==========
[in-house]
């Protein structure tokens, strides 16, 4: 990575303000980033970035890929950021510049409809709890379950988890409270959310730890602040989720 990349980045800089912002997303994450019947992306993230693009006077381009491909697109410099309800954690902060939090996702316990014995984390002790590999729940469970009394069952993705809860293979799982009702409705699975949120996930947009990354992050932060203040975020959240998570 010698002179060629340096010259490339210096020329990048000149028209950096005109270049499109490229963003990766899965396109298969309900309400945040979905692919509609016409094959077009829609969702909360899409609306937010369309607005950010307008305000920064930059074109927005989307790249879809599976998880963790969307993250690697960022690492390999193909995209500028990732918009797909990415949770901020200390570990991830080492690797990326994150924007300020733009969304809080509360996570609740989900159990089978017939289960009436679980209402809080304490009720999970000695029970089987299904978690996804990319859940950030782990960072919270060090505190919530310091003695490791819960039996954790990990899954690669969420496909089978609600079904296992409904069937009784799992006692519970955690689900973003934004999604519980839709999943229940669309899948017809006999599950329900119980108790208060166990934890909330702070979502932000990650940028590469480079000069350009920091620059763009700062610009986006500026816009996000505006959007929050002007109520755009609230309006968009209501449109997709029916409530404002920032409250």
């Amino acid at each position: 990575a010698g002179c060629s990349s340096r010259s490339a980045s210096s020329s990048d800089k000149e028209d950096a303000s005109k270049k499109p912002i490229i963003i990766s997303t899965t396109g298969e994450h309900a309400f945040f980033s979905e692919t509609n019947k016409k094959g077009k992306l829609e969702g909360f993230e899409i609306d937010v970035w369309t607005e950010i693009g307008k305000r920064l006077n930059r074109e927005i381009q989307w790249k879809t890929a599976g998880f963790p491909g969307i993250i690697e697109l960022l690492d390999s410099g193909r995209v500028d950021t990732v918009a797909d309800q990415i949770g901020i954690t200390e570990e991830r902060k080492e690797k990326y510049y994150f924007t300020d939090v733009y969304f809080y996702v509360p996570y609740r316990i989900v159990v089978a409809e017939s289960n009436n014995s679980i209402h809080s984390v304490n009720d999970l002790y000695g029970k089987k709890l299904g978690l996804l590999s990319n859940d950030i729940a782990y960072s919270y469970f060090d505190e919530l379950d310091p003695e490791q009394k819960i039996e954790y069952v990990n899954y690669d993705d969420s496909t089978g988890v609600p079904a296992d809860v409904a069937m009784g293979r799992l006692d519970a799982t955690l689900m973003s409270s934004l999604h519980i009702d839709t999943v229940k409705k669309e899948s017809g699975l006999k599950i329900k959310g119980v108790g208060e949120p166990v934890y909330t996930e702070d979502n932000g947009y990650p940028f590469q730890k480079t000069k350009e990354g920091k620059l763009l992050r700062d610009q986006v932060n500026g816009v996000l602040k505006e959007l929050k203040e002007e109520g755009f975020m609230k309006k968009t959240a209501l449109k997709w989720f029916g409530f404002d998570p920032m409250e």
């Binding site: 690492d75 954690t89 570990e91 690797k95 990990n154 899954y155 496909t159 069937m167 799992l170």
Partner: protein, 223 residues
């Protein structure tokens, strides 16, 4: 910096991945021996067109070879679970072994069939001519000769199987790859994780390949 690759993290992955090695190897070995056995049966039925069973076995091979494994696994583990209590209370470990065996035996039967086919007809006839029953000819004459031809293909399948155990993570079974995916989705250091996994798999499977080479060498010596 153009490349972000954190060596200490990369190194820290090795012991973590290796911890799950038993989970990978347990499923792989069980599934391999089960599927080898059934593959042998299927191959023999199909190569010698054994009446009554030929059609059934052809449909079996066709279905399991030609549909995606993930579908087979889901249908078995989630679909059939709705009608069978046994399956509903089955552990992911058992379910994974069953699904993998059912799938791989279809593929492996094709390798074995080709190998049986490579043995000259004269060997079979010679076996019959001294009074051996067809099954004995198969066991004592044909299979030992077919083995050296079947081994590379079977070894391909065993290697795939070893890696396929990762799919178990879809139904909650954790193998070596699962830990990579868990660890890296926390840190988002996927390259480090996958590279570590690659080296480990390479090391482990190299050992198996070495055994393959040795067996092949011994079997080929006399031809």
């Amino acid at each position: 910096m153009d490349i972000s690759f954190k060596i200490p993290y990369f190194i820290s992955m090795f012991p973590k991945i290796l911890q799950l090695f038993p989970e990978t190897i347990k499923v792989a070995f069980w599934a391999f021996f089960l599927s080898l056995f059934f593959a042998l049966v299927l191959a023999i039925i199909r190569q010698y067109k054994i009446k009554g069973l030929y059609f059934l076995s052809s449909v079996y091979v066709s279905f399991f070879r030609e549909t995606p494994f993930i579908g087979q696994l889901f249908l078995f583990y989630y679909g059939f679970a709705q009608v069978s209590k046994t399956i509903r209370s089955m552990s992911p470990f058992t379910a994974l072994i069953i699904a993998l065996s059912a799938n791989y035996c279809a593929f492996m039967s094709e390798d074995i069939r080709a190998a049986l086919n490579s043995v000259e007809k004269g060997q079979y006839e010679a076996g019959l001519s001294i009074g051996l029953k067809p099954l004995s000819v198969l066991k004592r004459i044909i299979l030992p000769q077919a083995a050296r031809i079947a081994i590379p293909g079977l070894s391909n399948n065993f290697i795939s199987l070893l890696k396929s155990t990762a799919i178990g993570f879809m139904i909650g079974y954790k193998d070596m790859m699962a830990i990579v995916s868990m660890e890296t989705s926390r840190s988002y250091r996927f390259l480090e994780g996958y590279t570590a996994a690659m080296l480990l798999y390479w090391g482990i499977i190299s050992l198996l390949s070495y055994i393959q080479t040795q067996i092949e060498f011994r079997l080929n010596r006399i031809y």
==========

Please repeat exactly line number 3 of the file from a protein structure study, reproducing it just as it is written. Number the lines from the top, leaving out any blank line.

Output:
């Amino acid at each position: 990575a010698g002179c060629s990349s340096r010259s490339a980045s210096s020329s990048d800089k000149e028209d950096a303000s005109k270049k499109p912002i490229i963003i990766s997303t899965t396109g298969e994450h309900a309400f945040f980033s979905e692919t509609n019947k016409k094959g077009k992306l829609e969702g909360f993230e899409i609306d937010v970035w369309t607005e950010i693009g307008k305000r920064l006077n930059r074109e927005i381009q989307w790249k879809t890929a599976g998880f963790p491909g969307i993250i690697e697109l960022l690492d390999s410099g193909r995209v500028d950021t990732v918009a797909d309800q990415i949770g901020i954690t200390e570990e991830r902060k080492e690797k990326y510049y994150f924007t300020d939090v733009y969304f809080y996702v509360p996570y609740r316990i989900v159990v089978a409809e017939s289960n009436n014995s679980i209402h809080s984390v304490n009720d999970l002790y000695g029970k089987k709890l299904g978690l996804l590999s990319n859940d950030i729940a782990y960072s919270y469970f060090d505190e919530l379950d310091p003695e490791q009394k819960i039996e954790y069952v990990n899954y690669d993705d969420s496909t089978g988890v609600p079904a296992d809860v409904a069937m009784g293979r799992l006692d519970a799982t955690l689900m973003s409270s934004l999604h519980i009702d839709t999943v229940k409705k669309e899948s017809g699975l006999k599950i329900k959310g119980v108790g208060e949120p166990v934890y909330t996930e702070d979502n932000g947009y990650p940028f590469q730890k480079t000069k350009e990354g920091k620059l763009l992050r700062d610009q986006v932060n500026g816009v996000l602040k505006e959007l929050k203040e002007e109520g755009f975020m609230k309006k968009t959240a209501l449109k997709w989720f029916g409530f404002d998570p920032m409250e």